Figure 2. Changes in HRQoL dimensions from baseline to post-intervention within the study groups (mixed factorial ANOVA, Bonferroni post-hoc test for differences pre-post within the groups). DF group = Dance Fitness group; DFFT = Dance Fitness and functional strength training group; Data are expressed as mean (M) and standard deviation (SD) based on marginal means and the following baseline leves of reference represented by discontinued line: GH = 62.14, PF = 86.30, SF = 80.68, PR = 80.45, ER = 69.05, BP = 74.07, V = 56.8, MH = 70.07.
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Figure 3. Percentage of participants with a significant score improvements of more than 10 points compared with the baseline. General Health (GH), Physical Functioning (PF), Social Functioning (SF), Physical Role (PR), Vitality (V), and Mental Health (MH). DF group = Dance Fitness group; DFFT = Dance Fitness and functional strength training group.
Figure 3. Percentage of participants with a significant score improvements of more than 10 points compared with the baseline. General Health (GH), Physical Functioning (PF), Social Functioning (SF), Physical Role (PR), Vitality (V), and Mental Health (MH). DF group = Dance Fitness group; DFFT = Dance Fitness and functional strength training group.
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Table 1. Short-Form Health-Survey Questionnaire (SF-36): dimensions and its meaning.
Table 1. Short-Form Health-Survey Questionnaire (SF-36): dimensions and its meaning.
Quality of Life DimensionsNumber of ItemsNumber of Answer OptionsSummary of Content and Meaning
General Health (GH)55Personal valuation of health including current health, future health prospects, and resistance to illness.
Physical Functioning (PF)103Extent to which health limits physical activities such as self-care, walking, climbing stairs, bending, picking up or carrying weights, and moderate and intense efforts.
Social Functioning (SF)25Extent to which physical or emotional health problems interfere with normal social life.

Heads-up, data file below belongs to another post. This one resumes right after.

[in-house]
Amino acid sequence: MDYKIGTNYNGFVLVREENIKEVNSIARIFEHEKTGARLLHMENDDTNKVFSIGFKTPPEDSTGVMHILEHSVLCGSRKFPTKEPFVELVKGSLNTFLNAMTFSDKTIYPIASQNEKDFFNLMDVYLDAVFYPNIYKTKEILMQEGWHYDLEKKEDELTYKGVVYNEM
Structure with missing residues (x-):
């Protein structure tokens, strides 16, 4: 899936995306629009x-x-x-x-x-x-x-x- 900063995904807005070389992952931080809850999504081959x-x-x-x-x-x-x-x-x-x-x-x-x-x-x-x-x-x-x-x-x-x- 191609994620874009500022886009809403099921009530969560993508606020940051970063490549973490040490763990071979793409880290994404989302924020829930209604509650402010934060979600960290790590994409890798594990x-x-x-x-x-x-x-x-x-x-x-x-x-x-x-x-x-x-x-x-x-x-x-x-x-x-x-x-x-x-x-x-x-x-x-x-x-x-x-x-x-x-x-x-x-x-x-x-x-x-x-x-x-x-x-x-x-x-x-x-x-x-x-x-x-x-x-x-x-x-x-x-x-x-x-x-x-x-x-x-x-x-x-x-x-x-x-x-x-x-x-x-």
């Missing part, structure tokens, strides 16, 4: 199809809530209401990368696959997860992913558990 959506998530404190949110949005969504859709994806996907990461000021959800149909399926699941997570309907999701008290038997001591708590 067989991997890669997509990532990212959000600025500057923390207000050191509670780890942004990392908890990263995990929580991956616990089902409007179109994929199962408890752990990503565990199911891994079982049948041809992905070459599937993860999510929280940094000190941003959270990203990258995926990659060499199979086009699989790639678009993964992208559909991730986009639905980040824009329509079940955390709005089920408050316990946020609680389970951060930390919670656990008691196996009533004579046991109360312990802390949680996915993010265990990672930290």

Physical Role (PR)42Extent to which physical health interferes with work and other daily activities, including less than desired performance, limitation in the type of activities performed, or difficulty in performing activities.
Emotional Role (ER)32Degree to which emotional problems interfere with work or other daily activities, including reduced time spent on those activities, less than desired performance, and decreased care while working.
Bodily Pain (BP)25The intensity of pain and its effect on regular work, both outside the home and at home.
Vitality (V)46Feeling of energy and vitality, compared to the feeling of exhaustion.
Mental Health (MH)56General mental health, including depression, anxiety, behavioral and emotional control, and the overall positive effect.
Declared evolution of health (DEH)15Current health assessment compared to a year ago.

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Barranco-Ruiz, Y.; Paz-Viteri, S.; Villa-González, E. Dance Fitness Classes Improve the Health-Related Quality of Life in Sedentary Women. Int. J. Environ. Res. Public Health 2020, 17, 3771. https://doi.org/10.3390/ijerph17113771

AMA Style

Barranco-Ruiz Y, Paz-Viteri S, Villa-González E. Dance Fitness Classes Improve the Health-Related Quality of Life in Sedentary Women. International Journal of Environmental Research and Public Health. 2020; 17(11):3771. https://doi.org/10.3390/ijerph17113771

Chicago/Turabian Style

Barranco-Ruiz, Yaira, Susana Paz-Viteri, and Emilio Villa-González. 2020. "Dance Fitness Classes Improve the Health-Related Quality of Life in Sedentary Women" International Journal of Environmental Research and Public Health 17, no. 11: 3771. https://doi.org/10.3390/ijerph17113771